Children's Law Center NEWS is HERE!


Minnesota foster kids are YOUR kids too.
 they deserve BETTER.

Children's Law Center makes a difference in the lives of over 400 foster youth every year. We do that with a staff of only seven people, and an army of dedicated volunteer attorneys who donate their time and expertise to helping our foster clients. Our volunteers go above and beyond the call of duty for their clients, driving them to college interviews, helping them fill out applications, helping them with homework, making sure they have someplace to go for important holidays, in addition to advocating for them in court.

Navigating the child protection system is complicated and confusing. CLC volunteer attorneys ensure their clients' rights are protected at every step in this process. One attorney may be advocating for a more appropriate placement for their client while another is advocating for their client to have continuing contact with a much loved sibling or aunt. Other attorneys are fighting for fundamental client needs - a new pair of shoes for their client because it is November and their client only owns flip-flops, or, a new mattress because their client has been sleeping with bed bugs for six months. Other attorneys are addressing their clients related legal needs - assuring necessary and appropriate medical and mental health services are provided to address things such as trauma or fetal alcohol syndrome; the immigration issues arising from being trafficked into the U.S.; truancy or delinquency matters resulting from years of abuse and neglect. CLC staff attorneys and social workers work hard to ensure our volunteers address all of their clients needs.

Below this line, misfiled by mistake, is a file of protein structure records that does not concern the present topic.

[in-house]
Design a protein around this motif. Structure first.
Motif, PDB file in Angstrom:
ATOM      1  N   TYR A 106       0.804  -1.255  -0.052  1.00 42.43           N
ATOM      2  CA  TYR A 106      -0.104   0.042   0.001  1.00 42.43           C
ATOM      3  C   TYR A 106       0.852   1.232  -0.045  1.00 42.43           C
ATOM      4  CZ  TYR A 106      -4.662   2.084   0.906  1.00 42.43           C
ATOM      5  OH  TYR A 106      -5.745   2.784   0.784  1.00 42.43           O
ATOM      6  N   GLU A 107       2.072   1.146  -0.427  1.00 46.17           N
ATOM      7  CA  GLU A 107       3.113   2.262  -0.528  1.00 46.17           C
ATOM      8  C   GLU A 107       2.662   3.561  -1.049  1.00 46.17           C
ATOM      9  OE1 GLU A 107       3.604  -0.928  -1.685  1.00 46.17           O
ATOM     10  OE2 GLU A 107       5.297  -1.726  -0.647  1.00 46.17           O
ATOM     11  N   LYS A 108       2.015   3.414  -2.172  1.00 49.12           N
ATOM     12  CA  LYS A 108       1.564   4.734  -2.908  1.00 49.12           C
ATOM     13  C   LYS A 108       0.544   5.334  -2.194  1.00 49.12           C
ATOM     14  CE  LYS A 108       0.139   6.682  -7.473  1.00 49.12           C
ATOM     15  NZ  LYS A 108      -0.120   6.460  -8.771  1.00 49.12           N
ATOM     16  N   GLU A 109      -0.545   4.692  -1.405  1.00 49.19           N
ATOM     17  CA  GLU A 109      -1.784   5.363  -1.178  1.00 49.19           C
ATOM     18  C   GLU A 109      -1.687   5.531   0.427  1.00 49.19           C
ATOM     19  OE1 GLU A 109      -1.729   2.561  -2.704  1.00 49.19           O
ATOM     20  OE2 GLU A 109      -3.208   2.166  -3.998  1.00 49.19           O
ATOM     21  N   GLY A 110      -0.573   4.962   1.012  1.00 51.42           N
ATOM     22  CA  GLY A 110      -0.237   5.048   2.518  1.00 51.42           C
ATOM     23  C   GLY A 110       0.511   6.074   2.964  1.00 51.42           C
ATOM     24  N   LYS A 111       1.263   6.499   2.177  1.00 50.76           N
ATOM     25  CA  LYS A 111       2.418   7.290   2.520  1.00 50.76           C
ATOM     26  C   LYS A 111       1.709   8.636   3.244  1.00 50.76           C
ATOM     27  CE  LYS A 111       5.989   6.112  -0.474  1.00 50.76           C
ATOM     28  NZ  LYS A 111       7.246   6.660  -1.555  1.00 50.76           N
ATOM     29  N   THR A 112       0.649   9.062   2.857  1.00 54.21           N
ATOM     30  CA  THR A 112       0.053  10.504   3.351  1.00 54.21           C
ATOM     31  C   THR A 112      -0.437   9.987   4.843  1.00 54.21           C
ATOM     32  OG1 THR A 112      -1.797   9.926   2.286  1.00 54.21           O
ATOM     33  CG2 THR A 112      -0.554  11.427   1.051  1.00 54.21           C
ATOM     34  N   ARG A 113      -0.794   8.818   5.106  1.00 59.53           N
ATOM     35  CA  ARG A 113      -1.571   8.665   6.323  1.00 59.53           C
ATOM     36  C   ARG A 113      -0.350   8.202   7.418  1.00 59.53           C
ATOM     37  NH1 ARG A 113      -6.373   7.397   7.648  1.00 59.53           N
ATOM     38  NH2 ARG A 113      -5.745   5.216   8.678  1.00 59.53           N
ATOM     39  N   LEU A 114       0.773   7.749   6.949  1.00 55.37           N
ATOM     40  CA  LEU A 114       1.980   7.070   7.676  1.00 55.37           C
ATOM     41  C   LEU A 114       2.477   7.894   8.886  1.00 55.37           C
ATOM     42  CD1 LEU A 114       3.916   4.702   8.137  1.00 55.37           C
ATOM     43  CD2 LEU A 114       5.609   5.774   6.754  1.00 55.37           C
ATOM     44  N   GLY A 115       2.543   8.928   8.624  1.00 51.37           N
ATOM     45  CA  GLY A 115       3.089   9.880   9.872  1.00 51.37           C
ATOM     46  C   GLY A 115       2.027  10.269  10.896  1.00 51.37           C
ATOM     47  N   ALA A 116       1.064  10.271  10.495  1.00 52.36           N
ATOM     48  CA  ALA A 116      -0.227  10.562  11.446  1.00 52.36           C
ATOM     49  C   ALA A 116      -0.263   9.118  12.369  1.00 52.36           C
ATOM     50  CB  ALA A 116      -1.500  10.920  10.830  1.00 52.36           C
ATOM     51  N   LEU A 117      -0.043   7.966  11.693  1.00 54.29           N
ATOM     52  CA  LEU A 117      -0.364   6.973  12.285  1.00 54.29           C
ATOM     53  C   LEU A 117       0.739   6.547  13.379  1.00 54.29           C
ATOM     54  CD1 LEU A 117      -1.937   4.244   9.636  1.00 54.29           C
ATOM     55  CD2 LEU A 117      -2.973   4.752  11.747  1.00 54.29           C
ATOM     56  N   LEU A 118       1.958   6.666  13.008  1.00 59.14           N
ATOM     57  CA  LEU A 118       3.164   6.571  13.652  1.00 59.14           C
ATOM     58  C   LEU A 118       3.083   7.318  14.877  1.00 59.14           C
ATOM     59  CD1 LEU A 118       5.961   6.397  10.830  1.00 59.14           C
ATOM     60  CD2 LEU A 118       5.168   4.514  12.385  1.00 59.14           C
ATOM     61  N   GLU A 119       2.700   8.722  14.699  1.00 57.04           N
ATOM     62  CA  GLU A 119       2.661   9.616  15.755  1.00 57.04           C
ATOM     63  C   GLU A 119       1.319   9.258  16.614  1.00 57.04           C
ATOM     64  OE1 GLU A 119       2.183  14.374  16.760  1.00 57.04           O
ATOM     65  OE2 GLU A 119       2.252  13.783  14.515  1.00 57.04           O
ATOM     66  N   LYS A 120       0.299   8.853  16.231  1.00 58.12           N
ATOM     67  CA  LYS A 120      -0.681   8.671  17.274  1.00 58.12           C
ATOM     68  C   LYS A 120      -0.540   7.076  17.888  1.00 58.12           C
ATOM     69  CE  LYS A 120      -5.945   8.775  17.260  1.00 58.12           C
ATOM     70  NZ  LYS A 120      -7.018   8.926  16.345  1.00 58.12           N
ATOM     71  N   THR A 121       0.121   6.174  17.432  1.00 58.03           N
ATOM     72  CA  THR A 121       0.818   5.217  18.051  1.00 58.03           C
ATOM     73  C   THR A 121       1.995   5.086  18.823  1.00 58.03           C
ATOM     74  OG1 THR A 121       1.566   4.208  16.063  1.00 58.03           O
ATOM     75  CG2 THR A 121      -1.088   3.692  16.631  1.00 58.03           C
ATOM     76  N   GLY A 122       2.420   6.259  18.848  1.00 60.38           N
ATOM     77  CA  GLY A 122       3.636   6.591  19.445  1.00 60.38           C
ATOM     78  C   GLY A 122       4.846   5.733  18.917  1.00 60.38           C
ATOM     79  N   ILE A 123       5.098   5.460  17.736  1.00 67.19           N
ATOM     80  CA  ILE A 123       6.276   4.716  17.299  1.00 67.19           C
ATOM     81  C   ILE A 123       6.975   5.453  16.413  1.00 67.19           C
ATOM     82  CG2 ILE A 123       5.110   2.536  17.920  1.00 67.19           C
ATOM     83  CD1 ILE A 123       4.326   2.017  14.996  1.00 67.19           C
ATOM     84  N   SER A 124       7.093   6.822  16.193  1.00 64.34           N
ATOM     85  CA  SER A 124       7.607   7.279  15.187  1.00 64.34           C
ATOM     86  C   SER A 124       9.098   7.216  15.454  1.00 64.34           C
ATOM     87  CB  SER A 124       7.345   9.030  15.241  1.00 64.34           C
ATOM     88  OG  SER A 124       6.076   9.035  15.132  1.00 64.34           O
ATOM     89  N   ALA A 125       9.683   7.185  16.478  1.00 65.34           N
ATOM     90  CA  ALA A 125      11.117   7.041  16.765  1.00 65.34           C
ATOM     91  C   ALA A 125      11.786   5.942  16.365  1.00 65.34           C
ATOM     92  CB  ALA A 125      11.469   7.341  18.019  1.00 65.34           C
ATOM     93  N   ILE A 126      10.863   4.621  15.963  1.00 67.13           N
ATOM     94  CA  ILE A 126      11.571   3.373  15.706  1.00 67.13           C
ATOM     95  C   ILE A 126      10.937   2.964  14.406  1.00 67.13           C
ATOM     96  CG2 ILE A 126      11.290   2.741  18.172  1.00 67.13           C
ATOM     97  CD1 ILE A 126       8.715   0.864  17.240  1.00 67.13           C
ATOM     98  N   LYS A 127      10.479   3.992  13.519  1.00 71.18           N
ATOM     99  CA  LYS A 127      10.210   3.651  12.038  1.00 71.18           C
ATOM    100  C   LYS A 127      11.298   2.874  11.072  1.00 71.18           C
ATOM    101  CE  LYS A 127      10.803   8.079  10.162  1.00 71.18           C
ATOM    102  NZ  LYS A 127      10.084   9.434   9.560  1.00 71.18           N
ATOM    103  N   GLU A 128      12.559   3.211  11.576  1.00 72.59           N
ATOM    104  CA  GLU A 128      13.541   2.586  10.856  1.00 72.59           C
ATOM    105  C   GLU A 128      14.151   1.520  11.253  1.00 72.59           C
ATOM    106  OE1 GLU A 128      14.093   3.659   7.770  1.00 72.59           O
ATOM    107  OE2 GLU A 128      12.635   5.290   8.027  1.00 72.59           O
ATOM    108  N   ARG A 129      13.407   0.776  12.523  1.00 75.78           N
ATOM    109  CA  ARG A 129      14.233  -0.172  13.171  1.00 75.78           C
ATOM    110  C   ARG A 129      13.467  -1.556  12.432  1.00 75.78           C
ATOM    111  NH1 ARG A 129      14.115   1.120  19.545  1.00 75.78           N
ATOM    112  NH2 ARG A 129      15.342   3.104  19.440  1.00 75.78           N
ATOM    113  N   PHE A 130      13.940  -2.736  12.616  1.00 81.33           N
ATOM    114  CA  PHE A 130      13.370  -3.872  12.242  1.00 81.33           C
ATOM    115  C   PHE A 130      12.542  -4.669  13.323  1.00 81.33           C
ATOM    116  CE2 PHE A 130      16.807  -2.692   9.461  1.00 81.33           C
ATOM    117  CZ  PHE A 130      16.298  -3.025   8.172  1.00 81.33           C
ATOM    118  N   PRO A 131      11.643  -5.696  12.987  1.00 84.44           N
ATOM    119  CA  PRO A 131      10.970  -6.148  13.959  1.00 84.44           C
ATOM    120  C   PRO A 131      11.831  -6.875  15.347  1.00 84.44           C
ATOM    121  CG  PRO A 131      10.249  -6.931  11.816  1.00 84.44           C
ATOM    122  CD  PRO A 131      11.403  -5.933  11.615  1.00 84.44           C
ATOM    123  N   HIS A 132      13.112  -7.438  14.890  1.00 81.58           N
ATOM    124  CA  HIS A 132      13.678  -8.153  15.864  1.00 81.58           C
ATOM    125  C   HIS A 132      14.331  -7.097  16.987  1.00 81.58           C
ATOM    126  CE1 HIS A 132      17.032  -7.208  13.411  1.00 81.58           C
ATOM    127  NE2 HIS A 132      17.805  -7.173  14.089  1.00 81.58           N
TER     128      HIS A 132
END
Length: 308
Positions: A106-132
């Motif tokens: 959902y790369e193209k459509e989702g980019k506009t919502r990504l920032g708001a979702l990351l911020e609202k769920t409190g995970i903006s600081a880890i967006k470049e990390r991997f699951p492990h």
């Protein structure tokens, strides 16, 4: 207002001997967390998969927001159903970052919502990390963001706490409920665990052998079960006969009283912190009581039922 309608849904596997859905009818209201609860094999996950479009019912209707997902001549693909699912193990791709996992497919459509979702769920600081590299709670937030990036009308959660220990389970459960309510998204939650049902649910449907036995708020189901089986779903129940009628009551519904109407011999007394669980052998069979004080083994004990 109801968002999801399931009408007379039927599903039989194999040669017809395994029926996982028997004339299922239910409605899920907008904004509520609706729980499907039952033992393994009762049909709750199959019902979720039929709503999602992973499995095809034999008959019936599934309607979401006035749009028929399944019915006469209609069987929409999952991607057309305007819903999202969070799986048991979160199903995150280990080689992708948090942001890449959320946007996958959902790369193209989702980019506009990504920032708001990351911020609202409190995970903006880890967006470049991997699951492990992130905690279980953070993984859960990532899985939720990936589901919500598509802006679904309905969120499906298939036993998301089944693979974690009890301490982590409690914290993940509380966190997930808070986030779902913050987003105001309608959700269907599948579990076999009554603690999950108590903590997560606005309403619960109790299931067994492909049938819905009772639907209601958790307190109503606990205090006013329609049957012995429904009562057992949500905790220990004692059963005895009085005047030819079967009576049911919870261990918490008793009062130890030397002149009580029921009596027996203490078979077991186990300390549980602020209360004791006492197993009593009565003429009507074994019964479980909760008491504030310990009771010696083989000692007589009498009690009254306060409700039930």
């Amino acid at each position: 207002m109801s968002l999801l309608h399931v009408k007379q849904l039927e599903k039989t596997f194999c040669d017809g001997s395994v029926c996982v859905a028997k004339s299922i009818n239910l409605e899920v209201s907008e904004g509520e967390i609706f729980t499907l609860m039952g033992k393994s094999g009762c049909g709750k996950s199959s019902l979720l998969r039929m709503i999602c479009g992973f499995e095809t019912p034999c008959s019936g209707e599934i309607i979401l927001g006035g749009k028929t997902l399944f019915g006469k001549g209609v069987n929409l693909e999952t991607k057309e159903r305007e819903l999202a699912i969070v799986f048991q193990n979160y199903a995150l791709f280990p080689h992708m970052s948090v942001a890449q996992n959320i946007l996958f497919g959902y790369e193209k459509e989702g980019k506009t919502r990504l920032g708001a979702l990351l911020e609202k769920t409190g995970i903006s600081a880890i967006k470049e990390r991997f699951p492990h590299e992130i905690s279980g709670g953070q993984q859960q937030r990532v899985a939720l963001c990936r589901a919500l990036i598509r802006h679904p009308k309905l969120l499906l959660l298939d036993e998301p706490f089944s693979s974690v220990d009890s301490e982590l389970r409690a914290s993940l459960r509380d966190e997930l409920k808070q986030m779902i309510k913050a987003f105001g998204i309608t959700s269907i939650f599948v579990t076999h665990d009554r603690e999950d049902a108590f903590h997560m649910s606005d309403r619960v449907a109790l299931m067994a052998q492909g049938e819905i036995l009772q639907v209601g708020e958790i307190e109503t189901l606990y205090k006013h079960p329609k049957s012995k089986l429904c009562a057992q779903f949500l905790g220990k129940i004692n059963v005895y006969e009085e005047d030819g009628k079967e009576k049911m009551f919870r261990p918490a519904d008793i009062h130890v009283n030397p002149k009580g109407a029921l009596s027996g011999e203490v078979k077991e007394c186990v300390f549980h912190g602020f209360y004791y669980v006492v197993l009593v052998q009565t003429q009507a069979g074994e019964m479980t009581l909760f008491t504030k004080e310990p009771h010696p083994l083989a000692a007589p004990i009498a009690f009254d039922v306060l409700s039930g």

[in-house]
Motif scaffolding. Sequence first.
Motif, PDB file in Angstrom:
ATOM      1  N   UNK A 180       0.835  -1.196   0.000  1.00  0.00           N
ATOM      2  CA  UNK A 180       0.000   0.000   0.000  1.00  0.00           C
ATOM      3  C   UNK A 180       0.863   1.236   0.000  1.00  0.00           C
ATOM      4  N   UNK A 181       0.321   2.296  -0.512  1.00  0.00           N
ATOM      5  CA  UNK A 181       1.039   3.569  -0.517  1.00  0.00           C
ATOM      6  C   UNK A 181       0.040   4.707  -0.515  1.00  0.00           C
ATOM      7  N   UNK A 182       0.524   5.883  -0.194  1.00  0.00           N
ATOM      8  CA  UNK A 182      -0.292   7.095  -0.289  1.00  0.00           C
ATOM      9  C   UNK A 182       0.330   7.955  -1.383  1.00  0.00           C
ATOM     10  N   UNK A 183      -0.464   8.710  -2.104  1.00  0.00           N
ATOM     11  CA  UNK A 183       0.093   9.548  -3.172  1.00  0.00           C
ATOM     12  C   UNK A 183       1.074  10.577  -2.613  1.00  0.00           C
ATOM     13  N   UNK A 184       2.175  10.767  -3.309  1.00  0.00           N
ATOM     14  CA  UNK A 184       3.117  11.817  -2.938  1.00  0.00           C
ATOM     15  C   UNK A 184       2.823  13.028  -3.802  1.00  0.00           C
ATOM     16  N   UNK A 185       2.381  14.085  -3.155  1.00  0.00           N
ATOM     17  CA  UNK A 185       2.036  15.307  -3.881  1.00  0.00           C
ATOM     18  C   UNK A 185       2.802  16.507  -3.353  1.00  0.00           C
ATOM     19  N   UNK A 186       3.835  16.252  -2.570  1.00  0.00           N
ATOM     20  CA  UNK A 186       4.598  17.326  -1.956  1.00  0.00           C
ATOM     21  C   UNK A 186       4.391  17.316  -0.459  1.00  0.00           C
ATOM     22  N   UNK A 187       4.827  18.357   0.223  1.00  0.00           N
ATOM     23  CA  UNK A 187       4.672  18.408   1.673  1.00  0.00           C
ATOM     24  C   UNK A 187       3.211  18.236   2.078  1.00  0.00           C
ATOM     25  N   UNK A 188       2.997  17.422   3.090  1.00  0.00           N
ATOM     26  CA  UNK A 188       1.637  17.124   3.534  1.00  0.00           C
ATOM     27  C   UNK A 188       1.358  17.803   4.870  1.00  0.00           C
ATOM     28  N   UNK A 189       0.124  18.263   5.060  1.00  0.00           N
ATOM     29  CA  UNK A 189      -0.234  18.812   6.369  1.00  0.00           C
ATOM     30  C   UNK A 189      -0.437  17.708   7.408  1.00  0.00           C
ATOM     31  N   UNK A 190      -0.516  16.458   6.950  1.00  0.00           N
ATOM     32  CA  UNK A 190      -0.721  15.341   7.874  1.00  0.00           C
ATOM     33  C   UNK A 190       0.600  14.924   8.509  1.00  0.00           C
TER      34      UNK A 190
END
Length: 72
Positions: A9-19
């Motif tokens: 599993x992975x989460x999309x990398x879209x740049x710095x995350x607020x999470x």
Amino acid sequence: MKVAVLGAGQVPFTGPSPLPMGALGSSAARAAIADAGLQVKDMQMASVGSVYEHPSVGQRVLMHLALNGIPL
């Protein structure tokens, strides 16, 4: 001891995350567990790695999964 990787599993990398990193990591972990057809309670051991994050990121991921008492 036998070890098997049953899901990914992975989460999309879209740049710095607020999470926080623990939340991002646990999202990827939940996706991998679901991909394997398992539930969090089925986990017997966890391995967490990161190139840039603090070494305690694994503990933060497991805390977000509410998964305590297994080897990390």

There is more to be done. Which is why we need your support NOW more than ever. In these uncertain economic times, our work is needed more than ever. There are many more foster youth who need our help. CLC will continue to do its part. We are asking for your support to help us do just that. Join us at the CHILDREN'S LAW CENTER'S 16th ANNUAL BENEFIT & CELEBRATION, 5:30 PM- 8PM on Thursday, October 6, 2011, at Windows on Minnesota in Minneapolis. 
For more information on the BENEFIT, click HERE.
To Donate NOW and reserve your space, click HERE.